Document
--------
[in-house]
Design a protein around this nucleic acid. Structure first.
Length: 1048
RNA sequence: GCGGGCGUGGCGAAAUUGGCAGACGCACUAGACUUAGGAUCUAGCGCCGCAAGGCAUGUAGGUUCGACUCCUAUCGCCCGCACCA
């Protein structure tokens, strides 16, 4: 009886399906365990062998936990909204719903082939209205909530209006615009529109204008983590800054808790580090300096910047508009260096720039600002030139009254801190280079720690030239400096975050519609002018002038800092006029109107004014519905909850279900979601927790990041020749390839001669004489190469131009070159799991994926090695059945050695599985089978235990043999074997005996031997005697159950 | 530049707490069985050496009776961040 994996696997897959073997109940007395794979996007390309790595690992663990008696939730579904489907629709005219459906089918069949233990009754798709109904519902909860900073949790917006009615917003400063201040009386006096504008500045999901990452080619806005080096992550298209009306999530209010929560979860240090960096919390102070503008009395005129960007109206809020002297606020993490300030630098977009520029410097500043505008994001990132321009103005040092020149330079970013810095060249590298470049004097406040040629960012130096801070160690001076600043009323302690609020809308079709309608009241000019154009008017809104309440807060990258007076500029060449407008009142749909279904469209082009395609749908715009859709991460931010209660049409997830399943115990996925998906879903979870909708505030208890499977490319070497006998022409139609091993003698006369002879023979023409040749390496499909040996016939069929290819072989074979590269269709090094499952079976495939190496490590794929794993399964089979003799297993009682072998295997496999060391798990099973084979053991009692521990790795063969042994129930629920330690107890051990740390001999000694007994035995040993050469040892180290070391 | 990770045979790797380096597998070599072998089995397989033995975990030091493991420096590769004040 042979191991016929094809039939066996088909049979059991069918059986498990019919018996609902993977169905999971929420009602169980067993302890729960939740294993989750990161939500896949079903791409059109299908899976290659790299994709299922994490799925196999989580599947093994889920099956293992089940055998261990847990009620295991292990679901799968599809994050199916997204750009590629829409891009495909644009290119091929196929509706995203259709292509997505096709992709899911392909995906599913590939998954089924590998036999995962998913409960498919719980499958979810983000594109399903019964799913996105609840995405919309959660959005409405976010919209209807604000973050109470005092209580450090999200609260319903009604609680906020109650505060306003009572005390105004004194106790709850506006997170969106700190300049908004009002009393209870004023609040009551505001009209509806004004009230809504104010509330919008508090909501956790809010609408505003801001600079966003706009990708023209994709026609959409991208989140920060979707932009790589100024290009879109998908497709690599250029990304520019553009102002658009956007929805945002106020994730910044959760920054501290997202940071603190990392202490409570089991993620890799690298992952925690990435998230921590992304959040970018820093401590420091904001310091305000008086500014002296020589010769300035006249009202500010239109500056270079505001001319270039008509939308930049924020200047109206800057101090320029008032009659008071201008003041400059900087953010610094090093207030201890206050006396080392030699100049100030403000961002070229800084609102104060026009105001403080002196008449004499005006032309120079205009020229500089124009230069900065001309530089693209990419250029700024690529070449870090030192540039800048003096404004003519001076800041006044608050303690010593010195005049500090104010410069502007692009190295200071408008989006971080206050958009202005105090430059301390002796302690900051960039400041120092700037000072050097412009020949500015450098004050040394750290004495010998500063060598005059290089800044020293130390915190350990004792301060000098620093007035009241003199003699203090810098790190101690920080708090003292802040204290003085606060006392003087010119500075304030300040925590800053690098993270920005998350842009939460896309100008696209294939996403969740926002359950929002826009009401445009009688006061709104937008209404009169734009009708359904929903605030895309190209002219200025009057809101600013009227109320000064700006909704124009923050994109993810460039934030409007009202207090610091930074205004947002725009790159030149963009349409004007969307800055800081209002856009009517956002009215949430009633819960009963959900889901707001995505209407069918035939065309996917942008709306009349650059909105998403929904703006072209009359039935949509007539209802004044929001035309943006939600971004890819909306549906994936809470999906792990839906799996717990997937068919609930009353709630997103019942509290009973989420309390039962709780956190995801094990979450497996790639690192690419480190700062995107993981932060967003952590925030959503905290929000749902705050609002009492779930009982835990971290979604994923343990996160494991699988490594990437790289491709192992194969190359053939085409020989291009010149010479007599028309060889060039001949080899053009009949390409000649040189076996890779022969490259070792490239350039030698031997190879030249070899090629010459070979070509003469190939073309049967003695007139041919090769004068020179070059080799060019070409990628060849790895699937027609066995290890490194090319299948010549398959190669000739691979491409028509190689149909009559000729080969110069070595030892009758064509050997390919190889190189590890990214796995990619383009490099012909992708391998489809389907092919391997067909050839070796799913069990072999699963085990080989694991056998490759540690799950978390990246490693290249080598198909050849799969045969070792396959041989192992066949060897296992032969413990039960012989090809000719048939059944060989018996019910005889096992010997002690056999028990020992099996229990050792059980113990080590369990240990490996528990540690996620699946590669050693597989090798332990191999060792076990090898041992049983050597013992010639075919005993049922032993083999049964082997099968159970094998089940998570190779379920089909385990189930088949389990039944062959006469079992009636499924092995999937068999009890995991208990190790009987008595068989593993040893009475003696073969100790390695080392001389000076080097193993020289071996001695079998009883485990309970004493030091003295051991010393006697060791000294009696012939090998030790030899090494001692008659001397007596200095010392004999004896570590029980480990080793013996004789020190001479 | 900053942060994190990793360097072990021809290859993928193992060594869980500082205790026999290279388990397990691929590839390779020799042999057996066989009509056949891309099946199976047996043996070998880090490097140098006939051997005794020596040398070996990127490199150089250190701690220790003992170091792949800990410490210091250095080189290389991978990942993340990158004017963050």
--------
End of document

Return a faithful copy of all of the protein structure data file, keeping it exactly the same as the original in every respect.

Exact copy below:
[in-house]
Design a protein around this nucleic acid. Structure first.
Length: 1048
RNA sequence: GCGGGCGUGGCGAAAUUGGCAGACGCACUAGACUUAGGAUCUAGCGCCGCAAGGCAUGUAGGUUCGACUCCUAUCGCCCGCACCA
């Protein structure tokens, strides 16, 4: 009886399906365990062998936990909204719903082939209205909530209006615009529109204008983590800054808790580090300096910047508009260096720039600002030139009254801190280079720690030239400096975050519609002018002038800092006029109107004014519905909850279900979601927790990041020749390839001669004489190469131009070159799991994926090695059945050695599985089978235990043999074997005996031997005697159950 | 530049707490069985050496009776961040 994996696997897959073997109940007395794979996007390309790595690992663990008696939730579904489907629709005219459906089918069949233990009754798709109904519902909860900073949790917006009615917003400063201040009386006096504008500045999901990452080619806005080096992550298209009306999530209010929560979860240090960096919390102070503008009395005129960007109206809020002297606020993490300030630098977009520029410097500043505008994001990132321009103005040092020149330079970013810095060249590298470049004097406040040629960012130096801070160690001076600043009323302690609020809308079709309608009241000019154009008017809104309440807060990258007076500029060449407008009142749909279904469209082009395609749908715009859709991460931010209660049409997830399943115990996925998906879903979870909708505030208890499977490319070497006998022409139609091993003698006369002879023979023409040749390496499909040996016939069929290819072989074979590269269709090094499952079976495939190496490590794929794993399964089979003799297993009682072998295997496999060391798990099973084979053991009692521990790795063969042994129930629920330690107890051990740390001999000694007994035995040993050469040892180290070391 | 990770045979790797380096597998070599072998089995397989033995975990030091493991420096590769004040 042979191991016929094809039939066996088909049979059991069918059986498990019919018996609902993977169905999971929420009602169980067993302890729960939740294993989750990161939500896949079903791409059109299908899976290659790299994709299922994490799925196999989580599947093994889920099956293992089940055998261990847990009620295991292990679901799968599809994050199916997204750009590629829409891009495909644009290119091929196929509706995203259709292509997505096709992709899911392909995906599913590939998954089924590998036999995962998913409960498919719980499958979810983000594109399903019964799913996105609840995405919309959660959005409405976010919209209807604000973050109470005092209580450090999200609260319903009604609680906020109650505060306003009572005390105004004194106790709850506006997170969106700190300049908004009002009393209870004023609040009551505001009209509806004004009230809504104010509330919008508090909501956790809010609408505003801001600079966003706009990708023209994709026609959409991208989140920060979707932009790589100024290009879109998908497709690599250029990304520019553009102002658009956007929805945002106020994730910044959760920054501290997202940071603190990392202490409570089991993620890799690298992952925690990435998230921590992304959040970018820093401590420091904001310091305000008086500014002296020589010769300035006249009202500010239109500056270079505001001319270039008509939308930049924020200047109206800057101090320029008032009659008071201008003041400059900087953010610094090093207030201890206050006396080392030699100049100030403000961002070229800084609102104060026009105001403080002196008449004499005006032309120079205009020229500089124009230069900065001309530089693209990419250029700024690529070449870090030192540039800048003096404004003519001076800041006044608050303690010593010195005049500090104010410069502007692009190295200071408008989006971080206050958009202005105090430059301390002796302690900051960039400041120092700037000072050097412009020949500015450098004050040394750290004495010998500063060598005059290089800044020293130390915190350990004792301060000098620093007035009241003199003699203090810098790190101690920080708090003292802040204290003085606060006392003087010119500075304030300040925590800053690098993270920005998350842009939460896309100008696209294939996403969740926002359950929002826009009401445009009688006061709104937008209404009169734009009708359904929903605030895309190209002219200025009057809101600013009227109320000064700006909704124009923050994109993810460039934030409007009202207090610091930074205004947002725009790159030149963009349409004007969307800055800081209002856009009517956002009215949430009633819960009963959900889901707001995505209407069918035939065309996917942008709306009349650059909105998403929904703006072209009359039935949509007539209802004044929001035309943006939600971004890819909306549906994936809470999906792990839906799996717990997937068919609930009353709630997103019942509290009973989420309390039962709780956190995801094990979450497996790639690192690419480190700062995107993981932060967003952590925030959503905290929000749902705050609002009492779930009982835990971290979604994923343990996160494991699988490594990437790289491709192992194969190359053939085409020989291009010149010479007599028309060889060039001949080899053009009949390409000649040189076996890779022969490259070792490239350039030698031997190879030249070899090629010459070979070509003469190939073309049967003695007139041919090769004068020179070059080799060019070409990628060849790895699937027609066995290890490194090319299948010549398959190669000739691979491409028509190689149909009559000729080969110069070595030892009758064509050997390919190889190189590890990214796995990619383009490099012909992708391998489809389907092919391997067909050839070796799913069990072999699963085990080989694991056998490759540690799950978390990246490693290249080598198909050849799969045969070792396959041989192992066949060897296992032969413990039960012989090809000719048939059944060989018996019910005889096992010997002690056999028990020992099996229990050792059980113990080590369990240990490996528990540690996620699946590669050693597989090798332990191999060792076990090898041992049983050597013992010639075919005993049922032993083999049964082997099968159970094998089940998570190779379920089909385990189930088949389990039944062959006469079992009636499924092995999937068999009890995991208990190790009987008595068989593993040893009475003696073969100790390695080392001389000076080097193993020289071996001695079998009883485990309970004493030091003295051991010393006697060791000294009696012939090998030790030899090494001692008659001397007596200095010392004999004896570590029980480990080793013996004789020190001479 | 900053942060994190990793360097072990021809290859993928193992060594869980500082205790026999290279388990397990691929590839390779020799042999057996066989009509056949891309099946199976047996043996070998880090490097140098006939051997005794020596040398070996990127490199150089250190701690220790003992170091792949800990410490210091250095080189290389991978990942993340990158004017963050």